Estate Planning

Planning for loss of capacity in SMSFs

B2B Editor4 July 2013

Planning for loss of capacity in SMSFs

We are all living longer. However, it is a sad fact that a longer life will see an increase in the inability to make decisions for ourselves. It is not uncommon to unexpectedly find yourself in the situation where someone else has to make important life decisions for you. This can be because of an accident, illness or aged related senility or dementia.

We often talk about the importance of having an Enduring Power of Attorney (EPOA) so that someone you trust can make important decisions for you such as paying bills, where you live or whether you have an operation. These are all important decisions which impact on you personally but the importance of having an EPOA extends into other areas of life and can affect others.

One significant and often overlooked example is Self Managed Superannuation Funds (SMSFs).

There are two ways of being the Trustee of a SMSF. You can either:

* Be a personal trustee. You are the trustee in your personal capacity. If your SMSF is set up this way then each member must be a trustee and you must have at least two trustees (i.e. if you have a single member fund, you need a trustee who is not a member of the SMSF); or

* Establish a corporation which is the trustee of the SMSF. If your SMSF is set up this way then each member must be a director of the corporate trustee however if you have a single member fund, you only need one member director in this structure.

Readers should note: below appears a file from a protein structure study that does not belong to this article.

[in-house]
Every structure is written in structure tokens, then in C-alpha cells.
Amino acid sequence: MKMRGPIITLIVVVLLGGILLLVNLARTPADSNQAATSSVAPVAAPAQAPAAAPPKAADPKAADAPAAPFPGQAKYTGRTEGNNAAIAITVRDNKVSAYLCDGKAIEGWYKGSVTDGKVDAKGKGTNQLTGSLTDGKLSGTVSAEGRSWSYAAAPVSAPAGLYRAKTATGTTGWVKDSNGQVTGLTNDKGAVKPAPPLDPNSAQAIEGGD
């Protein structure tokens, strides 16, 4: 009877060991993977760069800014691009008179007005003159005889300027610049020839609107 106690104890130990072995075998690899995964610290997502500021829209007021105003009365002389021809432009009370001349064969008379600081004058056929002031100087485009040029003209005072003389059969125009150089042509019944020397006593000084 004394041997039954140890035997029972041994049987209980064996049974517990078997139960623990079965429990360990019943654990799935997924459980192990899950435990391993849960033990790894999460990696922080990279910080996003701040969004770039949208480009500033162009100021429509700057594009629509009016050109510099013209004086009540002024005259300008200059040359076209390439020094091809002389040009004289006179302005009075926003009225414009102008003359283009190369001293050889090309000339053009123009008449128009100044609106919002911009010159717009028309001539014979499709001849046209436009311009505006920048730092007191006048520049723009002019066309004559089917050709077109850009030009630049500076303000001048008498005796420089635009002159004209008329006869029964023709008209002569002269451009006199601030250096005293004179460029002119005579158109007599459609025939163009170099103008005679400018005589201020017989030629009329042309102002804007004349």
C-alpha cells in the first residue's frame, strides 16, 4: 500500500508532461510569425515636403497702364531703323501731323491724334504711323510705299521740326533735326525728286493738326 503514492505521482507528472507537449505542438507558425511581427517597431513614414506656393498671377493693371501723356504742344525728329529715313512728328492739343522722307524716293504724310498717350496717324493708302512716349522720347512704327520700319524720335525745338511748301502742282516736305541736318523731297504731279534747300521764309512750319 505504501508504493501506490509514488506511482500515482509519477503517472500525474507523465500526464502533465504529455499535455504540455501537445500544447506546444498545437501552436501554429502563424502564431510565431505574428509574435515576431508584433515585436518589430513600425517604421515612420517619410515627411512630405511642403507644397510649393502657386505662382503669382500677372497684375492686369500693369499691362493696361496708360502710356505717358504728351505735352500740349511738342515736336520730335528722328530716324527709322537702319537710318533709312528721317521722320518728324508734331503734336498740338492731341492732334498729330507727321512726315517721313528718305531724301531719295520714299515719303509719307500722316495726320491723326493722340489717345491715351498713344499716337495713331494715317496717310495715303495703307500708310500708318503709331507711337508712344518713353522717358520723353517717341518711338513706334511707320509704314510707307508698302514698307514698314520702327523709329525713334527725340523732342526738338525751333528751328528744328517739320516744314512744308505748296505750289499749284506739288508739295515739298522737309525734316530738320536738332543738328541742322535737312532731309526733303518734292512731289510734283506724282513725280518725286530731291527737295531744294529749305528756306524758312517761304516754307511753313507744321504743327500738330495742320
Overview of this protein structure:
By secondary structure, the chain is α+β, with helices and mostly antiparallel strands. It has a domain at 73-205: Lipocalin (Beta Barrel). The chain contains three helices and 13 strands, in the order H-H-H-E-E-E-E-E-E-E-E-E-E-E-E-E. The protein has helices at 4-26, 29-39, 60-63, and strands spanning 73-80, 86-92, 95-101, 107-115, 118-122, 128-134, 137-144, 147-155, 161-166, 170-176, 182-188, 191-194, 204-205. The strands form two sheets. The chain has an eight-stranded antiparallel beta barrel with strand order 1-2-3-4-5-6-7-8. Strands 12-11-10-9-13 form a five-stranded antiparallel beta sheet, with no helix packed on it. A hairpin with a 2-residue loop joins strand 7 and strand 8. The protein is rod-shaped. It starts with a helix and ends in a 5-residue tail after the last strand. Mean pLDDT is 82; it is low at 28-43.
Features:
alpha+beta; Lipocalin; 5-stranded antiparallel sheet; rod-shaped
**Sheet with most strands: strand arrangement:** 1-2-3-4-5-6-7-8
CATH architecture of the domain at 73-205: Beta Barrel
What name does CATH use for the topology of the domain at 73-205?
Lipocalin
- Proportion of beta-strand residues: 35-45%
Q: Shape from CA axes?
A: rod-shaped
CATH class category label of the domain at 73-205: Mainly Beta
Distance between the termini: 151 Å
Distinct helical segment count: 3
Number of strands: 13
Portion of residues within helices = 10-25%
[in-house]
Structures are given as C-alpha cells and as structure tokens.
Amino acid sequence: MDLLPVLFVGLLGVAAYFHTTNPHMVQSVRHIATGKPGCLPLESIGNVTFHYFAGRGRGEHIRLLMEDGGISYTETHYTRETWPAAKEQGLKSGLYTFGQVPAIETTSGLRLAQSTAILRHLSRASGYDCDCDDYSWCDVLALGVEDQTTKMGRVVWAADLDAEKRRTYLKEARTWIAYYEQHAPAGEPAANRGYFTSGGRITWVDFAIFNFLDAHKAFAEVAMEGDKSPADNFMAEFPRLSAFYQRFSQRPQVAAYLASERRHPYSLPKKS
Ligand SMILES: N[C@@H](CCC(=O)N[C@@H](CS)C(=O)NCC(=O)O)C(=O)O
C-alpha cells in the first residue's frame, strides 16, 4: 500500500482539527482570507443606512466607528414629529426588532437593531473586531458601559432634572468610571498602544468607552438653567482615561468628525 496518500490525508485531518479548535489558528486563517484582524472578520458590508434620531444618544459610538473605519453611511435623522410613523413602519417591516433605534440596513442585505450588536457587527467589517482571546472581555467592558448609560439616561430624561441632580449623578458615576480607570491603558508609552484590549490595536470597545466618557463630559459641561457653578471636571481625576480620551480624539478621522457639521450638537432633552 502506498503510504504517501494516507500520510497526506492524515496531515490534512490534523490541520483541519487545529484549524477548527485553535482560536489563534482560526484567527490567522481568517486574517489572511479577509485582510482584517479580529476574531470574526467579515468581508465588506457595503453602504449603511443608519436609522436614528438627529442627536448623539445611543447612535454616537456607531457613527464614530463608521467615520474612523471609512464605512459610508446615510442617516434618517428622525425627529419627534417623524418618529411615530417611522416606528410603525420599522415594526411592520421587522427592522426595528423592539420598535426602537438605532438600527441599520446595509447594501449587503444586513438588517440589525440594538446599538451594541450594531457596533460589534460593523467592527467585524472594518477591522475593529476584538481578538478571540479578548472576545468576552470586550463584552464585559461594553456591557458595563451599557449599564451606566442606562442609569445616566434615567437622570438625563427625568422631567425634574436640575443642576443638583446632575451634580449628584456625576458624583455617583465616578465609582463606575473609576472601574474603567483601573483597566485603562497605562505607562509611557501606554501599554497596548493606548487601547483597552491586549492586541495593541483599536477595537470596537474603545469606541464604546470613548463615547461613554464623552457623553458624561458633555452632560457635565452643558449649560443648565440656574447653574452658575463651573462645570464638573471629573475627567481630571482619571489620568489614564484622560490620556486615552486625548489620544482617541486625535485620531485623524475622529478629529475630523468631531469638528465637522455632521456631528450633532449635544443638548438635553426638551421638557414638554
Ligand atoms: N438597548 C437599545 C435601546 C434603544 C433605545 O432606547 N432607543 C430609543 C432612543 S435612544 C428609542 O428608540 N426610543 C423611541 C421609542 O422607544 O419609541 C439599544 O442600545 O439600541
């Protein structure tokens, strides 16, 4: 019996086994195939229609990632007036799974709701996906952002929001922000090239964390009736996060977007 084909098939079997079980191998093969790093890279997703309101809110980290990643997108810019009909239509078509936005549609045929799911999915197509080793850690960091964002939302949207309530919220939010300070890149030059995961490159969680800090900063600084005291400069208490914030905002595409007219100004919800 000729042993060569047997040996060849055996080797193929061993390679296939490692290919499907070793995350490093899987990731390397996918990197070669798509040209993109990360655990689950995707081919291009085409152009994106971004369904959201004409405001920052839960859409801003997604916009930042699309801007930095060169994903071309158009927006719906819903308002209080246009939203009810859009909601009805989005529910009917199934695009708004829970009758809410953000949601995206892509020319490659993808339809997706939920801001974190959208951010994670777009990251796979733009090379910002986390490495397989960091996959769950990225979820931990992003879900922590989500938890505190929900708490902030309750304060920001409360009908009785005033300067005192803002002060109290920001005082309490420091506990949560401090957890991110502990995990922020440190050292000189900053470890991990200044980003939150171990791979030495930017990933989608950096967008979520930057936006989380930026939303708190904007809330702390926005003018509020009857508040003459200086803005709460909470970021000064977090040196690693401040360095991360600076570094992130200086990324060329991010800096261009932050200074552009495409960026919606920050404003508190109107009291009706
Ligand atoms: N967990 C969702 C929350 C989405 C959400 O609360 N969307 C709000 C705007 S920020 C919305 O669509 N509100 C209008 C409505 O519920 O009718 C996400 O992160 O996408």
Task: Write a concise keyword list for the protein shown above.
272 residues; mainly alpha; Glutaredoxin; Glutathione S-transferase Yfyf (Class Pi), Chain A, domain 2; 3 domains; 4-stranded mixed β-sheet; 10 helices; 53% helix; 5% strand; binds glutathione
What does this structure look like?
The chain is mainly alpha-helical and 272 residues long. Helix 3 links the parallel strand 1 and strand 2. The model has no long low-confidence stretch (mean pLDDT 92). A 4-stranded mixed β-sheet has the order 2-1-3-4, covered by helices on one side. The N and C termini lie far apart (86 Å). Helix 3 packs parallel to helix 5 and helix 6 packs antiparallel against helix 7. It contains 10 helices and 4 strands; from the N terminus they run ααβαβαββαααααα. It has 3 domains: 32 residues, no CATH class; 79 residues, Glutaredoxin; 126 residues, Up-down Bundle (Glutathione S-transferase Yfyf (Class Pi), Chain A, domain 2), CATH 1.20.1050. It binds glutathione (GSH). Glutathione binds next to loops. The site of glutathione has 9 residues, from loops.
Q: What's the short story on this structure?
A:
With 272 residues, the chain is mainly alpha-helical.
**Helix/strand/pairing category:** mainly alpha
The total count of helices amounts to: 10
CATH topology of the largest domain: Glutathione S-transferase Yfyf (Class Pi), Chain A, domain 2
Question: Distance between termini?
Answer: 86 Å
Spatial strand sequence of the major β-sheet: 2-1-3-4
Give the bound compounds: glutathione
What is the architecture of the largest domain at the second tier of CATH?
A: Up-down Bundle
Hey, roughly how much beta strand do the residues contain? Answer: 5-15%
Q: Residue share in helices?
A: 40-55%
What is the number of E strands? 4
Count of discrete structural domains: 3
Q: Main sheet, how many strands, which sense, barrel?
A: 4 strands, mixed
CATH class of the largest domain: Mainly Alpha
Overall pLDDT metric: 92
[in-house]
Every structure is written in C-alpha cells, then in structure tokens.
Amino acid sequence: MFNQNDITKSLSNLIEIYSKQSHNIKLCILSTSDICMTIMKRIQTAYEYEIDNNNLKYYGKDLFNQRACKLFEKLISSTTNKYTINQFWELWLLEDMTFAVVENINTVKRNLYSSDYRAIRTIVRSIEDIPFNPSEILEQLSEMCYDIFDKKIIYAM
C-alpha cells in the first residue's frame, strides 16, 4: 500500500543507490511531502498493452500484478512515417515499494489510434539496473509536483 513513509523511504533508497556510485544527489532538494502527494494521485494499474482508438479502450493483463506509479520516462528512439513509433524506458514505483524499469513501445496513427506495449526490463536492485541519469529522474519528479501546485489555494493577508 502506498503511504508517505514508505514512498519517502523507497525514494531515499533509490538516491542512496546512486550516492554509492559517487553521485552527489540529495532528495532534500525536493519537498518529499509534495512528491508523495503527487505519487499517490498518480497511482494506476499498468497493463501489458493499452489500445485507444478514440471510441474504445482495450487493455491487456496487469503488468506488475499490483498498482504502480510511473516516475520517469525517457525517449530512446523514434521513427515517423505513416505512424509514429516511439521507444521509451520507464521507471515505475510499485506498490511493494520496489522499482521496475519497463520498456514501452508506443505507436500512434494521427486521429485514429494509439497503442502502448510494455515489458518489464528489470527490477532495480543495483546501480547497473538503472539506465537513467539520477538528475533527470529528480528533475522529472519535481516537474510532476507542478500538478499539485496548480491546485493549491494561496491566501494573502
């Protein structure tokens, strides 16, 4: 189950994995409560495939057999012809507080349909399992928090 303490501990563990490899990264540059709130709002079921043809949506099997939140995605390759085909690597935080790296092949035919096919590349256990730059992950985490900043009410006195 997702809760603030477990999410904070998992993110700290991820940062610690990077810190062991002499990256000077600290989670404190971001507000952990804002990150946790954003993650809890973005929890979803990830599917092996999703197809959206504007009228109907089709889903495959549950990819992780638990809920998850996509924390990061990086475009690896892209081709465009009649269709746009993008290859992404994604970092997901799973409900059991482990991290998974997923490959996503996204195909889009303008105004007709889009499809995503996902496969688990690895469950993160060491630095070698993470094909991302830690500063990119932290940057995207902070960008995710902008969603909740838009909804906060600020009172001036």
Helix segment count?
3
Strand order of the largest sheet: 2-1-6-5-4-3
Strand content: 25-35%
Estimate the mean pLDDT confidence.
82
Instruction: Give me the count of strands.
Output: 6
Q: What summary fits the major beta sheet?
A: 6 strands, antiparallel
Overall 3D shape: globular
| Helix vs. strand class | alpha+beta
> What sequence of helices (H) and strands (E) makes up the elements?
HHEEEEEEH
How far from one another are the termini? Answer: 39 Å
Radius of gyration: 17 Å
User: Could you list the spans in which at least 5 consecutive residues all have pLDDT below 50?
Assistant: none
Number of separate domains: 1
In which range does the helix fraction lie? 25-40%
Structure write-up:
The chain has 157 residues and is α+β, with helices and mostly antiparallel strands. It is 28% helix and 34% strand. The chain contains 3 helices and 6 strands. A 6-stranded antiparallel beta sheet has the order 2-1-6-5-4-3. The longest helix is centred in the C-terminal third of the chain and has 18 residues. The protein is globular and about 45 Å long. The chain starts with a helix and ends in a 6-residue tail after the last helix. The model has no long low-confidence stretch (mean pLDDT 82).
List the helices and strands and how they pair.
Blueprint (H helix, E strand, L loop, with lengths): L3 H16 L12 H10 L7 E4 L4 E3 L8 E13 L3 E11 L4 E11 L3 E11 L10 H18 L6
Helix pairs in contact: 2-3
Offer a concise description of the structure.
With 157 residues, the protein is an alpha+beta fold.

But what happens in your SMSF if you lose capacity?

Personal trustee: Where one of the personal trustees loses capacity without an EPOA, then the SMSF will effectively be hamstrung as the law requires that all trustees be part of any decision making. The remaining trustees cannot operate the SMSF without the infirm trustee.

Corporate Trustee: If your SMSF has a corporate trustee and a director loses capacity without an EPOA, the rules of the corporation may include a provision to automatically remove a director. If the removed director also happens to be the sole shareholder of the company, this also causes an issue as the rules would need to include provision for appointment of a director where the sole shareholder also lacks capacity.

If you have a client in the situation where there is loss of capacity and no EPOA, then the remedy is to apply for an order from the Civil and Administrative Tribunal. This is time consuming and expensive.

The problem is easily avoided. All members, trustees and/or directors of the SMSF should each have a valid EPOA. This enables a trusted person to make decisions on their behalf. And the law provides that the trusted person can be a trustee as well in place of the disabled person.

Prevention is better than cure. Anyone who is a member of an SMSF or is the director or trustee of an SMSF should have an EPOA.

Stephen Bourke is a director in the boutique firm, Certus Law, specialising in superannuation, trusts and estate planning. He also consults to other practitioners through the consulting practice, SuperSplitting. Level 5, 28 University Avenue T: 6268